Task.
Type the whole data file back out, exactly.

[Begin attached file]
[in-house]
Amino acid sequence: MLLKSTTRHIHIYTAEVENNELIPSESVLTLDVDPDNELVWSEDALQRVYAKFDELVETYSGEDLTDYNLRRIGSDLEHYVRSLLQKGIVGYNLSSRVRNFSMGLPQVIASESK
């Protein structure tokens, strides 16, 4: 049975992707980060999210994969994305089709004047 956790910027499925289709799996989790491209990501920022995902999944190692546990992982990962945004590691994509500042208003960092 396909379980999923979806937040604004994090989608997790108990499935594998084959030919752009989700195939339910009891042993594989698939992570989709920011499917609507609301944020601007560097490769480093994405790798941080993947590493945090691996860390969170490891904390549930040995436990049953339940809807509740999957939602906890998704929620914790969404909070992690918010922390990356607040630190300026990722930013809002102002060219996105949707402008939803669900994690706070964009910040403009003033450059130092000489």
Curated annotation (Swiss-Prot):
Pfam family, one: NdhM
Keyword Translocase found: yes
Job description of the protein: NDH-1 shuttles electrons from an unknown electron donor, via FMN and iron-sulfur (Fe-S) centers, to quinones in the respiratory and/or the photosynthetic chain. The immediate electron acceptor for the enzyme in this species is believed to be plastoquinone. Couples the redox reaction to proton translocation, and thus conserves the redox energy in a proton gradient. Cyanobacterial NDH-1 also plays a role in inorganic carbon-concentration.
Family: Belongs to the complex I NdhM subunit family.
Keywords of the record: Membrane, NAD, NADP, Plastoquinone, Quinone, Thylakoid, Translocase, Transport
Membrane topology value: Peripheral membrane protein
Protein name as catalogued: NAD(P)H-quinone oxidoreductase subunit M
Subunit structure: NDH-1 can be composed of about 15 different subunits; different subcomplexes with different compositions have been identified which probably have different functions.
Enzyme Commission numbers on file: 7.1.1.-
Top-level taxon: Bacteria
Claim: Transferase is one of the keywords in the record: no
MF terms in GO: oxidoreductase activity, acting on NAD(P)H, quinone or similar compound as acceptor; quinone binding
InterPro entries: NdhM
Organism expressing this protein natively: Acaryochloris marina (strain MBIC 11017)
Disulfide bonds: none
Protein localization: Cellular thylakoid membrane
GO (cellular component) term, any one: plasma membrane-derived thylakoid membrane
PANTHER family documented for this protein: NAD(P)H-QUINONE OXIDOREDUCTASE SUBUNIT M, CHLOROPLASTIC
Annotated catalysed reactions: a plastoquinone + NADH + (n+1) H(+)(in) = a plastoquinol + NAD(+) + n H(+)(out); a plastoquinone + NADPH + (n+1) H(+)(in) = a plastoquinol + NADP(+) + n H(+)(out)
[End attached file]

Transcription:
[in-house]
Amino acid sequence: MLLKSTTRHIHIYTAEVENNELIPSESVLTLDVDPDNELVWSEDALQRVYAKFDELVETYSGEDLTDYNLRRIGSDLEHYVRSLLQKGIVGYNLSSRVRNFSMGLPQVIASESK
């Protein structure tokens, strides 16, 4: 049975992707980060999210994969994305089709004047 956790910027499925289709799996989790491209990501920022995902999944190692546990992982990962945004590691994509500042208003960092 396909379980999923979806937040604004994090989608997790108990499935594998084959030919752009989700195939339910009891042993594989698939992570989709920011499917609507609301944020601007560097490769480093994405790798941080993947590493945090691996860390969170490891904390549930040995436990049953339940809807509740999957939602906890998704929620914790969404909070992690918010922390990356607040630190300026990722930013809002102002060219996105949707402008939803669900994690706070964009910040403009003033450059130092000489």
Curated annotation (Swiss-Prot):
Pfam family, one: NdhM
Keyword Translocase found: yes
Job description of the protein: NDH-1 shuttles electrons from an unknown electron donor, via FMN and iron-sulfur (Fe-S) centers, to quinones in the respiratory and/or the photosynthetic chain. The immediate electron acceptor for the enzyme in this species is believed to be plastoquinone. Couples the redox reaction to proton translocation, and thus conserves the redox energy in a proton gradient. Cyanobacterial NDH-1 also plays a role in inorganic carbon-concentration.
Family: Belongs to the complex I NdhM subunit family.
Keywords of the record: Membrane, NAD, NADP, Plastoquinone, Quinone, Thylakoid, Translocase, Transport
Membrane topology value: Peripheral membrane protein
Protein name as catalogued: NAD(P)H-quinone oxidoreductase subunit M
Subunit structure: NDH-1 can be composed of about 15 different subunits; different subcomplexes with different compositions have been identified which probably have different functions.
Enzyme Commission numbers on file: 7.1.1.-
Top-level taxon: Bacteria
Claim: Transferase is one of the keywords in the record: no
MF terms in GO: oxidoreductase activity, acting on NAD(P)H, quinone or similar compound as acceptor; quinone binding
InterPro entries: NdhM
Organism expressing this protein natively: Acaryochloris marina (strain MBIC 11017)
Disulfide bonds: none
Protein localization: Cellular thylakoid membrane
GO (cellular component) term, any one: plasma membrane-derived thylakoid membrane
PANTHER family documented for this protein: NAD(P)H-QUINONE OXIDOREDUCTASE SUBUNIT M, CHLOROPLASTIC
Annotated catalysed reactions: a plastoquinone + NADH + (n+1) H(+)(in) = a plastoquinol + NAD(+) + n H(+)(out); a plastoquinone + NADPH + (n+1) H(+)(in) = a plastoquinol + NADP(+) + n H(+)(out)